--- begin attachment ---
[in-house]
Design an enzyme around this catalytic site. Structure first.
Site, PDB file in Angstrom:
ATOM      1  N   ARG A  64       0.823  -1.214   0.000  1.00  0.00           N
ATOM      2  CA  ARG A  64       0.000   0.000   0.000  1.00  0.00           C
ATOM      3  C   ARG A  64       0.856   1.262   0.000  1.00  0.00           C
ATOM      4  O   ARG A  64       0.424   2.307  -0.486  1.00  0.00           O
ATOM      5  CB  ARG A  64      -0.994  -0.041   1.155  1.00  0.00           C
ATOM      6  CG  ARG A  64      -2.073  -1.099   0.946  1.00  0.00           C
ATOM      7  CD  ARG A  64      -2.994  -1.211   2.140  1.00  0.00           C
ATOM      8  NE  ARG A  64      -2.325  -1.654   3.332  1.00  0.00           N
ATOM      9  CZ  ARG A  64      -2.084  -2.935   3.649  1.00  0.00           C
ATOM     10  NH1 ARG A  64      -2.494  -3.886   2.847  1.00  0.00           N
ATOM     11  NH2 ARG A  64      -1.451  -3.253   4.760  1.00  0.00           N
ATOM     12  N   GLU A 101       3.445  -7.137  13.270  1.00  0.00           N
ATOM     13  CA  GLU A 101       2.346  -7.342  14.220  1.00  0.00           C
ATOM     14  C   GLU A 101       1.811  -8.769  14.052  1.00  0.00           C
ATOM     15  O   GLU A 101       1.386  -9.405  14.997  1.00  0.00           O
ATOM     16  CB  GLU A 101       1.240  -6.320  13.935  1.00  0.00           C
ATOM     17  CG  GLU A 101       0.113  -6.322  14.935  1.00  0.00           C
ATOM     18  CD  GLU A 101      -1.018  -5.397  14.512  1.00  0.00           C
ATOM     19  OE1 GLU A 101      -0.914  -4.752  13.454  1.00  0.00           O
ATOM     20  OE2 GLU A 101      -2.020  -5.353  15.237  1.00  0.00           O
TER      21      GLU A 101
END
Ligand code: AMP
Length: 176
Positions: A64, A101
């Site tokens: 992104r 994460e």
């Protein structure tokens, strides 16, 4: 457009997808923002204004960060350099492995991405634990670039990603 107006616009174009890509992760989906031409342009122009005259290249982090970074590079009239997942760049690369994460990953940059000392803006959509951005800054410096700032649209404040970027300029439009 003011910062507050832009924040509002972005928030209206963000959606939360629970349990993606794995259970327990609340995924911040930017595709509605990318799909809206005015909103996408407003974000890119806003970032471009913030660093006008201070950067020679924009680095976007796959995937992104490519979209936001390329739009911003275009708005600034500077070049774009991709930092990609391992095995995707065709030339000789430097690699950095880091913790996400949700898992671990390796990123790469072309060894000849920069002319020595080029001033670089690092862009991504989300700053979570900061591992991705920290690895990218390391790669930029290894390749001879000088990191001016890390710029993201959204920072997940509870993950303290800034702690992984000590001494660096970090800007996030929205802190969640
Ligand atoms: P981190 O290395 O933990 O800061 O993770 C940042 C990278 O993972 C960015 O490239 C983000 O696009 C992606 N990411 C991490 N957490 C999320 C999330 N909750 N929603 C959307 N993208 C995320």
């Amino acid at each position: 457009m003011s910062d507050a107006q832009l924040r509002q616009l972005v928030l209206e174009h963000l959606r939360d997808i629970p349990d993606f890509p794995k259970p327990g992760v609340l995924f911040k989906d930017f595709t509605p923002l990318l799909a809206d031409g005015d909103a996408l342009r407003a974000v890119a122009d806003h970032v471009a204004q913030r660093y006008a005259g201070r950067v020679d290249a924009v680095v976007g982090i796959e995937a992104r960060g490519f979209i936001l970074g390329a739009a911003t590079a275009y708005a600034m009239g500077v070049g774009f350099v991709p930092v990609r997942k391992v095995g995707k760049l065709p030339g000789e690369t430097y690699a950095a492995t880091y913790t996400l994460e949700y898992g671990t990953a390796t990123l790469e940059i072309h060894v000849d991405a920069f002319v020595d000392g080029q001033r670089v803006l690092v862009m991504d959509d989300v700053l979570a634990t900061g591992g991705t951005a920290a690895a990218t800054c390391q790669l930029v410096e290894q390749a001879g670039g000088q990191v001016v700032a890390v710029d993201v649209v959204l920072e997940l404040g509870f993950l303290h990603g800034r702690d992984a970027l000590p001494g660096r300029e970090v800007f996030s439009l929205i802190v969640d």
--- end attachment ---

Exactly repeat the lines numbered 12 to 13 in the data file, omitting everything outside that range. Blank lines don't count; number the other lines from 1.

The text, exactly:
ATOM      9  CZ  ARG A  64      -2.084  -2.935   3.649  1.00  0.00           C
ATOM     10  NH1 ARG A  64      -2.494  -3.886   2.847  1.00  0.00           N